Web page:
Tech Life Something to say

Rands Useful App Awards 2024

You’re not going with that title, are you?

I might.

There are no actual trophies or awards.

Correct. There are three Rands Useful App Awards this year, but before I award them, I will define the criteria I used to select these products.

  1. The application has substance. This is not a one-shot utility that does one thing well; the designers and developers have built an application, a service with deliberate weight. There is a richness in functionality and depth. This is because…
  2. The application effortlessly provides domain expertise. The humans who built this application care deeply about the domain for which this product was built. After you know the application, you think, “Gosh, I wish it does X.” It does X. It does Y. And it doesn’t do Z because you don’t need Z — what you need is Z++, and when you discover that, the application becomes indispensable because…
  3. Each of these products integrates many different data sources. This is not obvious to the end user because the designers and engineers have to great lengths to make this integration seamless and allow users to move between views of data effortlessly.
  4. A by-product of deep domain expertise is quality. A motivation to deliver a high-quality application or service can be created in many ways, but well-defined motivation comes from experts. The humans who understand the problem space and these humans will go the extra mile to ensure the product is built correctly and works as expected. They also…
  5. Obsess about every detail. Obsess? Too strong a word. Design, for design’s sake, makes the product approachable and perhaps more usable. Design motivated by deep domain knowledge gives each decision defensible meaning. When users encounter these design decisions, they think, “Uh, this product just read my mind. That’s amazing.”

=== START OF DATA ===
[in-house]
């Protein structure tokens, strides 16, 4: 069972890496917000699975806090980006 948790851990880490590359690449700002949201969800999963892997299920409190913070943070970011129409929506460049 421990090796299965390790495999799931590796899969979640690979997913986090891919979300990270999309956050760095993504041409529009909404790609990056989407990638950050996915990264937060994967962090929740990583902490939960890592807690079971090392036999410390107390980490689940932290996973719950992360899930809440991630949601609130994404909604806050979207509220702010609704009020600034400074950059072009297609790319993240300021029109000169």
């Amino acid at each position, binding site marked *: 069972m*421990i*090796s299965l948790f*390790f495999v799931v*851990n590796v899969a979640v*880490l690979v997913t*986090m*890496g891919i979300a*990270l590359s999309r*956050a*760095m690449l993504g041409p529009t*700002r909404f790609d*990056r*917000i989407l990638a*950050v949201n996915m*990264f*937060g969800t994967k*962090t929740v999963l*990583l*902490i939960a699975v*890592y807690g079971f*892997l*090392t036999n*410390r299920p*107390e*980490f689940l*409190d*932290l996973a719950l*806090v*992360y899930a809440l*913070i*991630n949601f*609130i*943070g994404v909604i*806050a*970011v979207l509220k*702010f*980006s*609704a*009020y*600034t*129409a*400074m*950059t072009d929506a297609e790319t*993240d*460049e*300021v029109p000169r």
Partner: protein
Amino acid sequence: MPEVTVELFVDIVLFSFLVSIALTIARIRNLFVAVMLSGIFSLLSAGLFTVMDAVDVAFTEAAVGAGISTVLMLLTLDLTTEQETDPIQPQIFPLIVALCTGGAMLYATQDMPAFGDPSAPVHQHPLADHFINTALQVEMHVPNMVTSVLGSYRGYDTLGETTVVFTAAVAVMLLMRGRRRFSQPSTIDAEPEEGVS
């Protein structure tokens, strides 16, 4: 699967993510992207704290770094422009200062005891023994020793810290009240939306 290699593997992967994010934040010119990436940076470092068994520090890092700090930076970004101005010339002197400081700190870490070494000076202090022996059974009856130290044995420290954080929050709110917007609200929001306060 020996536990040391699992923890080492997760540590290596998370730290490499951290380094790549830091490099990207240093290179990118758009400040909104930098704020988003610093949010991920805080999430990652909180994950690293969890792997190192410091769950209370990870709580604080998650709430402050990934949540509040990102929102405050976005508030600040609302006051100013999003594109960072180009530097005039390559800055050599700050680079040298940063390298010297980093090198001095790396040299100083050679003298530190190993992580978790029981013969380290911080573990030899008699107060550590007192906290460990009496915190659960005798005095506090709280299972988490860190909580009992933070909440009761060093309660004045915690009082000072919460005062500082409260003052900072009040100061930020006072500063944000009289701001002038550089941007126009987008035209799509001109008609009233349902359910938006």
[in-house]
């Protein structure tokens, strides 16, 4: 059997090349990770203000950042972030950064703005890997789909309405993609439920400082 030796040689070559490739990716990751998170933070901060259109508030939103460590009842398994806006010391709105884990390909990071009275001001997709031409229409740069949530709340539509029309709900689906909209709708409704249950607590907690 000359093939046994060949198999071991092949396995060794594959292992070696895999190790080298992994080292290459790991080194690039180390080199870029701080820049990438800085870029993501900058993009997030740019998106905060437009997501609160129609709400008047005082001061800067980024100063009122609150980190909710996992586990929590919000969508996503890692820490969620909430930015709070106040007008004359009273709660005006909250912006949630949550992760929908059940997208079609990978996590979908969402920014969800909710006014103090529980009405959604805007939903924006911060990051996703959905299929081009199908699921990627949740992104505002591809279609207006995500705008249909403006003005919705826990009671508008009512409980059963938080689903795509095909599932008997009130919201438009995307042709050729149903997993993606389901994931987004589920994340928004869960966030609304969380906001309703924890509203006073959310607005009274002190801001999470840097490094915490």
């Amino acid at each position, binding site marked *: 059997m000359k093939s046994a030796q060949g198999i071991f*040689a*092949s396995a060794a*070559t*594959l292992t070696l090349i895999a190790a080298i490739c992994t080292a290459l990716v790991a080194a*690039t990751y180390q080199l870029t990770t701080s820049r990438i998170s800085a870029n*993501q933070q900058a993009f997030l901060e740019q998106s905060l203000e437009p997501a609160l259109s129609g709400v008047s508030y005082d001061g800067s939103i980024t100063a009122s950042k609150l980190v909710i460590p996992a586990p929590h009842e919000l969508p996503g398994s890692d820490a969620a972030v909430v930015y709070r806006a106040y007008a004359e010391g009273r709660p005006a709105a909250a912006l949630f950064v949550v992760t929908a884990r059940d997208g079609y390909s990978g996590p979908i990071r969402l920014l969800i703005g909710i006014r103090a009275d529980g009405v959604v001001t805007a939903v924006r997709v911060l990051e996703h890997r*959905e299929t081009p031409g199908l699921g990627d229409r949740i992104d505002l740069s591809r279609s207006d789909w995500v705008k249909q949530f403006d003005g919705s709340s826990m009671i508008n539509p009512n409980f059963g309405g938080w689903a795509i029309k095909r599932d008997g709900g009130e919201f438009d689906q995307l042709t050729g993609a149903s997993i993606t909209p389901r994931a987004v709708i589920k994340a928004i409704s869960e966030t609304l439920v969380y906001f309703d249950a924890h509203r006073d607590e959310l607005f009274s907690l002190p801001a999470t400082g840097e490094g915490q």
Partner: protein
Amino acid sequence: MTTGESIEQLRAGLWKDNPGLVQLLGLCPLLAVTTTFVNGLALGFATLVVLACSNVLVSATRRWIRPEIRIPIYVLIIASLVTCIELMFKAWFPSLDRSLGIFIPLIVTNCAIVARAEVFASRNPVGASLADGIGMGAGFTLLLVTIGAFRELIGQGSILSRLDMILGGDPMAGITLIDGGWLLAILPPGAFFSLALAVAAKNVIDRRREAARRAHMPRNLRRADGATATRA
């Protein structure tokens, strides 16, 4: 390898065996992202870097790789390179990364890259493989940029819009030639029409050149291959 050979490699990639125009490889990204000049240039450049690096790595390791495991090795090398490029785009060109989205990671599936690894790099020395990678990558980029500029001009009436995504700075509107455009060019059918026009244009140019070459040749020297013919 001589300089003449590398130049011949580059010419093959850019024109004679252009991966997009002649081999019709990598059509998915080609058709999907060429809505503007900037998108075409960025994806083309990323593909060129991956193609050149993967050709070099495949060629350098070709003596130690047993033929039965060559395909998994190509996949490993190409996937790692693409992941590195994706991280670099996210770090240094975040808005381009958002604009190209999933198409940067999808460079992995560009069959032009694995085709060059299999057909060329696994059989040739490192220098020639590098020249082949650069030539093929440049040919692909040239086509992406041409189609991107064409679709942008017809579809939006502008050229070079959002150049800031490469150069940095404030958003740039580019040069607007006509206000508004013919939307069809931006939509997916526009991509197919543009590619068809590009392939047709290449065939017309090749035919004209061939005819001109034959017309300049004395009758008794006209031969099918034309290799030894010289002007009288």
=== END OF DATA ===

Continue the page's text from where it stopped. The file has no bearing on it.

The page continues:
6. Finally, the product has voice. It has an opinion about what it is. This is the hardest attribute to define (and build) but the easiest to observe. When you fire up the product on your phone or web browser, the product has something to say.

With these attributes in mind, I give you the 2024 Rands Useful App Awards.

Really? Sticking with this whole bit? Ok.

Windy For the past two years, during the rainy season, I’ve been sending out an update to a Messages group composed of my Dad’s group. The point: give folks a heads regarding rain for the following week. A hyper-local forecast based on a handful of data sources. At the core of that forecast is Windy.

Weather nerds build Windy. Click on that link and observe the vast array of weather-related resources at your fingertips. Unlike WatchDuty, you’re on your own in terms of getting answers to your weather-related questions, but the answers are there in terms of wind, rain, temperature, cloud cover, waves, thunderstorms, air quality… and those are just the layers I can see in my current configuration. There are dozens more.

I augment my local forecasts with other sources besides Windy (Weather Underground is particularly accurate in my region), but Windy is where I start because Windy has a weather answer for everything.